Latinos are underrepresented at America's most prestigious schools, contributing to a lack of diversity in leadership roles in the U.S. Elizabeth Vaquera of Cisneros Hispanic Leadership Institute
discusses Hispanic enrollment, retention and graduation.
Traynham: The Education Trust reports that Latinos make up 18% of the U.S. population but just 8 1/2% of the student population at prestigious schools, which, in turn, can result in a lack of diversity among leadership roles in the United States. Hello, everyone, and welcome to "Comcast Newsmakers." I´m Robert Traynham. Joining me is Dr. Elizabeth Vaquera, director the Cisneros Hispanic Leadership Institute. Elizabeth, welcome to the program. -
Vaquera: Thank you.
Traynham: So what I just said a few moments ago I find pretty jarring -- that there´s a huge disconnect. My words, not anyone else´s. Am I overreading that?
Vaquera: No, you´re actually right on point with it. We have a problem of students, particularly many of them who are high-achiever students, who have the ability, they have the skills to go to high, selective universities, and they are not going there.
Traynham: And the other side of this coin, I think, Elizabeth, is that if you go to a "less prestigious" school, there´s a higher percentage that you´re not gonna be able to make it through.
Vaquera: Exactly. That´s totally correct. And that´s why it´s very important that the students who have the skills and that they can achieve or that they can succeed in these universities, they go to universities with more resources. If they have more resources, their chances of graduating from those universities, of succeeding and getting their degrees on time and thriving in those educational spaces are gonna be way, way higher.
Traynham: Elizabeth, I´m sure loved ones that are watching this program now are asking themselves, "Well, what does more resources mean? Does that mean a better-looking campus? Does that mean support system around my child or my loved one?" What does that look like?
Vaquera: Particularly for Hispanics -- I´m a sociologist, and I´ve been doing research on Latinos, Hispanics in the United States and their relationship in the educational system -- we know that being engaged in those universities, feeling comfortable in those spaces where they go and study are really correlated. They are related to their chances of succeeding. So, particularly for Latinos, it´s important that we create context in which they feel they belong, they have like-minded peers and others, that they share their culture, they might share even their food, and they don´t feel like they are the only minority or one of the few students who come from different backgrounds, compared to the rest of their peers.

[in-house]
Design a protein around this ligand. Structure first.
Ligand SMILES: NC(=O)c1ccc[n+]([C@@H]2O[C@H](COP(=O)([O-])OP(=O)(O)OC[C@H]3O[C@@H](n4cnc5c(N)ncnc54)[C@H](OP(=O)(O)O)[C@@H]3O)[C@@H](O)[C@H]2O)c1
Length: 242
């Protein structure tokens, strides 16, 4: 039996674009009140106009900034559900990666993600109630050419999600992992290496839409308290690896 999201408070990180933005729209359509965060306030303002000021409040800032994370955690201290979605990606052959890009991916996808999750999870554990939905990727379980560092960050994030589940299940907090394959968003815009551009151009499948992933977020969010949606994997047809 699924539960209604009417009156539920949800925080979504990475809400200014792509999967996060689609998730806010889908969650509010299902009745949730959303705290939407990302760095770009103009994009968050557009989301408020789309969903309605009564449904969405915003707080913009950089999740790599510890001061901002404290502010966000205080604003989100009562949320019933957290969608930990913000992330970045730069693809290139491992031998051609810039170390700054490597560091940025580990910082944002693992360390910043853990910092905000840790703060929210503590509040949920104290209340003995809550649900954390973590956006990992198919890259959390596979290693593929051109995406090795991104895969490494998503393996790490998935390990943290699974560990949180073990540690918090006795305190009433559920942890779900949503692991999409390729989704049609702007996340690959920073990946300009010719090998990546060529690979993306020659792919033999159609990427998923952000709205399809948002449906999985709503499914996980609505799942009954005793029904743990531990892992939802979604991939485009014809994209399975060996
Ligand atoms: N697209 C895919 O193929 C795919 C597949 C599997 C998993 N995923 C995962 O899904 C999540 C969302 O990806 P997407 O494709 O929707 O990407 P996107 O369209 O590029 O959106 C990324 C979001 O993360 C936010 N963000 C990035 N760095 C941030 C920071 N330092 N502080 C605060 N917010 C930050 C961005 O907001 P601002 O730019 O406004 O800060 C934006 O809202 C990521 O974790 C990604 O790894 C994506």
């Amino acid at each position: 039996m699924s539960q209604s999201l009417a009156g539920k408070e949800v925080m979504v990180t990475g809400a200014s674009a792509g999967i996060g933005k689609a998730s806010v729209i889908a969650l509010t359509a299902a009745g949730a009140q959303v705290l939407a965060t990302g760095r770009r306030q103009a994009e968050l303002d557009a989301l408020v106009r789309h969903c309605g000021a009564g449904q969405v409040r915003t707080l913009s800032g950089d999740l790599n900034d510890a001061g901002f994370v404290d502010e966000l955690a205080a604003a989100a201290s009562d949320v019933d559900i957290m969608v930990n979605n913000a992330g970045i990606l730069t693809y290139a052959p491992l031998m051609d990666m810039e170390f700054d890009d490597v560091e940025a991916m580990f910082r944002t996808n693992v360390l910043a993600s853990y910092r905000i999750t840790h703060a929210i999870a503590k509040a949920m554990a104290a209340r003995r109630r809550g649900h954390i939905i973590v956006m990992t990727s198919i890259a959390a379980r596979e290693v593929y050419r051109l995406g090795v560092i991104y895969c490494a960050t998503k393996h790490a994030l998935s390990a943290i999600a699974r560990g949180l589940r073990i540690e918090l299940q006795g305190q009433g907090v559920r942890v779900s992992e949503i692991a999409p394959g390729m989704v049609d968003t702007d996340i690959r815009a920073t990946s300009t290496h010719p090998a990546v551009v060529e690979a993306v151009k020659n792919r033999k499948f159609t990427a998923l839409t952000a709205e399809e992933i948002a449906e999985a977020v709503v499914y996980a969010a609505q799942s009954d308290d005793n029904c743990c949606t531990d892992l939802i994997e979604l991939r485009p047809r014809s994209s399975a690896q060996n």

Traynham: So it sounds like, Elizabeth, what you´re saying is it´s creating the environment around the student that is a support system to allow them to thrive and also be their authentic self.
Vaquera: Exactly. And it´s also what we need to keep in mind. It´s not only about getting them grants, getting them money to attend those schools. Much of it is creating that support system that is around them and doing a process that is more holistic in how we think of going to college.
Traynham: Elizabeth, I kind of have to ask the question -- what about the haves and have-nots? Those are my words, not yours. With respect to some of the "less prestigious" colleges out there, they´re probably saying, "Well, wait a minute, how do I get the resources to make sure that our kids are able to succeed just as well as the prestigious schools?"
Vaquera: And this is exactly what we are trying to do from The George Washington University at the Cisneros Hispanic Leadership Institute, is creating spaces where they feel comfortable, where they feel like their culture, their identity is represented. So, we are holding their hand, we are creating holistic approaches for them to succeed in college. So it´s not only about the academics, but it´s the personal, it´s the cultural side that is also catered to and is taken into consideration.
Traynham: We got about 30 seconds left, Elizabeth. I have to ask the question, as well, about the pipeline. Even before the kid gets into college -- let´s say they´re in middle school or in high school -- are you reaching out to those individuals?
Vaquera: Yes, we have a specific program that is for high school students. This is for rising seniors in high school. We are looking and we recruit students to spend part of the summer at the university. It´s an all-expenses-paid program at The George Washington University, where we teach them about the Latino community, we teach them all the cumbersome processes that it means to apply to a university, how to get prepared for those applications, the essay, et cetera. We do this as a fully-funded program so students of any socioeconomic position can apply and can enjoy these. And then, we set them on a good foot for them to succeed in this type of university.
Traynham: Well, I look forward to having you back, Dr. Vaquera, to talk more about your research. Thank you very much for joining us. Dr. Elizabeth Vaquera, director of the Cisneros Hispanic Leadership Institute. And, of course, thank you for joining us, as well. For more great conversations with leaders in your community and across the nation, visit comcastnewsmakers.com. I´m Robert Traynham.